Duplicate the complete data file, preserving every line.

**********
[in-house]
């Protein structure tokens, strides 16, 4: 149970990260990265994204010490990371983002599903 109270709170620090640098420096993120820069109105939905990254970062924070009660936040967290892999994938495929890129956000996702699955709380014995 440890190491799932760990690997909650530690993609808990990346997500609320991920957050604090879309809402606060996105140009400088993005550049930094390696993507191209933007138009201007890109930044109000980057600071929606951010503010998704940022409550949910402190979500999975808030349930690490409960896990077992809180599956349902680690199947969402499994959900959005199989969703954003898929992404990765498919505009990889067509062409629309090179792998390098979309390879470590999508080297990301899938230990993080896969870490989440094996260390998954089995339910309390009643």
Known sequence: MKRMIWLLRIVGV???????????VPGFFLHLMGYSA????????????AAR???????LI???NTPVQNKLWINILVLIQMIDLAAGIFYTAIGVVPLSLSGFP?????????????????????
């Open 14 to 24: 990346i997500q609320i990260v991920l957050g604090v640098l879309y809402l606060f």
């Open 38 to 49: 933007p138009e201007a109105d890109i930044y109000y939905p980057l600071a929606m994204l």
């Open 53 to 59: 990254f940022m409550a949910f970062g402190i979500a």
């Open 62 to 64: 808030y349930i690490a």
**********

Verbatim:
[in-house]
């Protein structure tokens, strides 16, 4: 149970990260990265994204010490990371983002599903 109270709170620090640098420096993120820069109105939905990254970062924070009660936040967290892999994938495929890129956000996702699955709380014995 440890190491799932760990690997909650530690993609808990990346997500609320991920957050604090879309809402606060996105140009400088993005550049930094390696993507191209933007138009201007890109930044109000980057600071929606951010503010998704940022409550949910402190979500999975808030349930690490409960896990077992809180599956349902680690199947969402499994959900959005199989969703954003898929992404990765498919505009990889067509062409629309090179792998390098979309390879470590999508080297990301899938230990993080896969870490989440094996260390998954089995339910309390009643």
Known sequence: MKRMIWLLRIVGV???????????VPGFFLHLMGYSA????????????AAR???????LI???NTPVQNKLWINILVLIQMIDLAAGIFYTAIGVVPLSLSGFP?????????????????????
């Open 14 to 24: 990346i997500q609320i990260v991920l957050g604090v640098l879309y809402l606060f």
């Open 38 to 49: 933007p138009e201007a109105d890109i930044y109000y939905p980057l600071a929606m994204l």
């Open 53 to 59: 990254f940022m409550a949910f970062g402190i979500a």
């Open 62 to 64: 808030y349930i690490a």